The Top Outdoor Adventure Spots In Rapid City

An Illinois native, Wade made his first trip to the Black Hills during his honeymoon in 2015. That first visit was all that it took to get him hooked, and he's happy to be a permanent resident of the hills now. You can find him most often on the trail with his wife Clarissa and their dog Inkling. Wade runs IntrepidDaily.com, a website devoted to helping people lead more adventurous lives exploring the world of outdoor recreation!

March 24, 2020

When I did an Instagram takeover for Visit Rapid City earlier this year, I had plenty of ideas about places to explore. If you’ve spent any time in the area, then you know how easy it is to find tons of amazing trails, public land, and awesome spots with just a short drive. But what I didn’t realize was that I could find great hiking without ever leaving Rapid City. That’s when I learned about — and explored — the Skyline Wilderness Area and Hanson-Larsen Memorial Park. 

Selfie With Skyline Wilderness Views


Skyline Wilderness Area encompasses 150 acres and has trails open to hikers, runners, and mountain bikers. Despite its positioning right in Rapid City, exploring Skyline feels more remote than it is. The area, an undeveloped urban wilderness, has a wonderful duality to it — during our hikes here, we found it easy to forget that we were within the city limits, yet we still enjoyed awesome views of west Rapid City from Stonewall Overlook. 

Hiking on the Skyline Wilderness Area Trails


While this wasn’t the most challenging hiking I’ve done in the Black Hills, it was a great way to get some mileage in. And do you know what I found surprisingly enjoyable? Hiking to Dinosaur Park. Is it a bit touristy? Sure. A little silly? Absolutely. 

Standing next to the Dinosaur at Dinosaur Park


But it was also a remarkably good time. 

After all, I was ten when the first Jurassic Park movie came out, and who among us didn’t play with plastic dinosaurs as a kid? So while my hikes don’t usually involve dinosaur sculptures built in the 1930s, when an opportunity comes along to enjoy a day hike and check out some dinos, please count me in. 

Enjoying the Nature of Skyline Wilderness Area


While Skyline doesn’t encompass a massive trail system, it has enough for an enjoyable walk, run, or bike ride — and we encountered people doing all three on the sunny and unseasonably warm day we hiked the area.

The day that we wandered through Hanson-Larsen Memorial Park didn’t have as charming of weather — wind and snow may not be everyone’s cup of tea, but we still saw people riding, running, and walking their dogs. Like us, plenty of people will happily spend time outside, no matter what the weather has in store.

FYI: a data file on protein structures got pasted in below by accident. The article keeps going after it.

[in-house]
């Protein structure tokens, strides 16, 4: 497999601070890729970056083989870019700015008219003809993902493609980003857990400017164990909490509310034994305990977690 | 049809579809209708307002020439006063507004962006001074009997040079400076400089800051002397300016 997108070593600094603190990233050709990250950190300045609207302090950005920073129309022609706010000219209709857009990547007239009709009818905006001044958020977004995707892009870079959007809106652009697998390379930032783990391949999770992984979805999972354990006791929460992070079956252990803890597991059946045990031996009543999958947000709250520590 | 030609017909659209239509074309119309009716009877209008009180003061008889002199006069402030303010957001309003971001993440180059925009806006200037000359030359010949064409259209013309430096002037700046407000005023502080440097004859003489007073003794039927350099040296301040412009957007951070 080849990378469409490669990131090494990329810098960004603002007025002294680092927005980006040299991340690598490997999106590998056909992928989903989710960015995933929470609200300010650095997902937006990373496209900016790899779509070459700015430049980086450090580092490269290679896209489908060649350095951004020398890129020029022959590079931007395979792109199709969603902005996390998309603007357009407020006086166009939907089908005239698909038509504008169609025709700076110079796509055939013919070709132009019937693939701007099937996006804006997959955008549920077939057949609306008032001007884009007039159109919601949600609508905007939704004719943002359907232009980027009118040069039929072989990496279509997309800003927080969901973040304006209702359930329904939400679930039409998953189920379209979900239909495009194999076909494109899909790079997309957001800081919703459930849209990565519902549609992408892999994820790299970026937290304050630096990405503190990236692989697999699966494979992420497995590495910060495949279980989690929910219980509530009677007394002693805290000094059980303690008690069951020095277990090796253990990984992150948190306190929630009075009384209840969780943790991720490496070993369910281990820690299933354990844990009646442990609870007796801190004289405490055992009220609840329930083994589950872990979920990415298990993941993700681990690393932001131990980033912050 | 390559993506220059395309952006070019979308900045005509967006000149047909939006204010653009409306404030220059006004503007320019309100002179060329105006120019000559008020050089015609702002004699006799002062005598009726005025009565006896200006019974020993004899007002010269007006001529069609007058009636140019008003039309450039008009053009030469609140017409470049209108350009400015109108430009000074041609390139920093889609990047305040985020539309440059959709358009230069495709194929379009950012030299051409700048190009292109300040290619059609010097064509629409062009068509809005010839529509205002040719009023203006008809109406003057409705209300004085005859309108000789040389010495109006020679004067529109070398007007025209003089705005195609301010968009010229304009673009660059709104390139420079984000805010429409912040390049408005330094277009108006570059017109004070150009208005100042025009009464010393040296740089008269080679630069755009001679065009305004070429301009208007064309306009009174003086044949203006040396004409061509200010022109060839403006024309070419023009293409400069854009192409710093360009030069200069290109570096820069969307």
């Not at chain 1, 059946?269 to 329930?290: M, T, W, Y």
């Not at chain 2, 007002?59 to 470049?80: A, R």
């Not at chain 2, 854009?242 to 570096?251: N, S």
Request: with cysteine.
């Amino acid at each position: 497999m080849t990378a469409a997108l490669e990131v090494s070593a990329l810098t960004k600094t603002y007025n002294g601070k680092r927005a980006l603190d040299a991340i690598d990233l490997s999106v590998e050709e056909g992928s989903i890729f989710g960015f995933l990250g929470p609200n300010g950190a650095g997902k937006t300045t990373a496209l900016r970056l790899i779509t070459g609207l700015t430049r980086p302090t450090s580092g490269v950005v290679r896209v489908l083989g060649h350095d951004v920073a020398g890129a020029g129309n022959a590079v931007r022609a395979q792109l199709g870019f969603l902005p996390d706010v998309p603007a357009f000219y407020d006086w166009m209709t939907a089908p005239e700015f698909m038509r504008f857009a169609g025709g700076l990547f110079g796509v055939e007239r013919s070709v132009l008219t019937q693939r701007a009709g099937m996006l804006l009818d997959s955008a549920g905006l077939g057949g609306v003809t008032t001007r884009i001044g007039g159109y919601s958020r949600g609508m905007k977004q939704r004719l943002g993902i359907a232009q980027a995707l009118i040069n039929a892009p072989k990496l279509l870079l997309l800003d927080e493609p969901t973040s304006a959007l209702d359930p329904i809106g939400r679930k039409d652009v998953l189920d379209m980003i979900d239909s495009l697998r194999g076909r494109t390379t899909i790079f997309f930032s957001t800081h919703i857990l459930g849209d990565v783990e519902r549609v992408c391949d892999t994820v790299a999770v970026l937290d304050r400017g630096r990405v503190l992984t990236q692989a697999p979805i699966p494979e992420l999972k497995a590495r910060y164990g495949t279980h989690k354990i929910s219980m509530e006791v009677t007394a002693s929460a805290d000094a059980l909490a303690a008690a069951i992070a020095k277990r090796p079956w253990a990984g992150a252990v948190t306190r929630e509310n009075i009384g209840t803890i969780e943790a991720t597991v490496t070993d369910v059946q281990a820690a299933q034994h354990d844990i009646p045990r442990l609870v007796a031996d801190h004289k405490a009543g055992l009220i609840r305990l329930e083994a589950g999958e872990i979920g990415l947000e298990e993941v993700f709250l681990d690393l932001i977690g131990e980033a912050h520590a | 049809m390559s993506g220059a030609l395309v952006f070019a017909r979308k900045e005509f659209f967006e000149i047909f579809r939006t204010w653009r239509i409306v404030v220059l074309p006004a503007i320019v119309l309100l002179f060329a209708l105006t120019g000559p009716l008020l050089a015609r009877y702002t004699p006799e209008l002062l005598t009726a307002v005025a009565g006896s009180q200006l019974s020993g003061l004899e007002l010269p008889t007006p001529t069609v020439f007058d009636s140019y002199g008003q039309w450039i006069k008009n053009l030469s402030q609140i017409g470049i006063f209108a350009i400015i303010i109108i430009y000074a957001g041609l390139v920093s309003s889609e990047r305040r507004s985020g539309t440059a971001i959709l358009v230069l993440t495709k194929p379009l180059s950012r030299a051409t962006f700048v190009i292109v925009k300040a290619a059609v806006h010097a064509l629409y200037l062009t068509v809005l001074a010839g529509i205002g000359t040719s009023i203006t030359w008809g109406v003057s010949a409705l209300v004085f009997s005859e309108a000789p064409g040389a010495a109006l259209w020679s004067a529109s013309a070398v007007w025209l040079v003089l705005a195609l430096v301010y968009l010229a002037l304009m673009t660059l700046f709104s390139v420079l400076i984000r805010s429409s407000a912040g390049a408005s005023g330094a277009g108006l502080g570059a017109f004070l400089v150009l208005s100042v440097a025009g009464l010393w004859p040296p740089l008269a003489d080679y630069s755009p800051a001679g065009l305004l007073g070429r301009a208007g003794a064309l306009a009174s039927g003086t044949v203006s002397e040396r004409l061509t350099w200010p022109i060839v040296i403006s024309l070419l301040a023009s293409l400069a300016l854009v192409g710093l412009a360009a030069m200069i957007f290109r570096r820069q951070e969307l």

Family Hiking At Hanson-Larson Memorial Park


The park sits right near historic Downtown Rapid City — in fact, it includes Founder’s Park and the aptly named Founders Rock. The rock shares a face with a bouldering problem called Vegan. Why that name? Because of the meat-processing plant that used to operate there prior to flooding in the early 1970s. Now, it’s a spot where a lot of climbers get bouldering experience without ever leaving town. 

Snowy Views From M Hill in Rapid City


We didn’t climb that day, but our good friend Eric showed us this problem, and a few others farther up the trail. We continued marching upward, several times rewarded with cool views of Rapid, until finally emerging above the “M” that highlights M Hill. Since my first visit to the Black Hills in 2015, and during every trip into Rapid City since moving to the area, I find myself looking up at the M. I didn’t even realize that we could hike to it, but I’m pretty happy to have done so. 

Hanson-Larsen Memorial Park covers 300 acres and welcomes hikers, bikers, and runners with over 20 miles of trails, easily accessed from Founder’s Park, or on Thrush Drive off of West Boulevard. 

Dog Enjoying a Hike At Hanson-Larsen in Rapid City


Between Skyline Wilderness Area and Hanson-Larsen Memorial Park, there’s plenty of trail to keep you busy for awhile, without ever having to leave Rapid City. Keep in mind that even though these trails are in the city, we still need to treat them like wild places. That means no litter, picking up after our dogs, and avoiding riding and hiking when the paths are too muddy — it cuts trenches that increase erosion on and off the trail.

The Black Hills area is full of amazing places to explore, and I encourage residents and visitors alike to visit as many of them as possible — including these cool spots in Rapid City. Whether you live here or are just visiting, if you need a quick hike or trail run, or if you want to get your bike off of the pavement, the Skyline Wilderness Area and Hanson-Larsen Memorial Park are both close, accessible, and fun to explore. 

I hope to see you out there!
 

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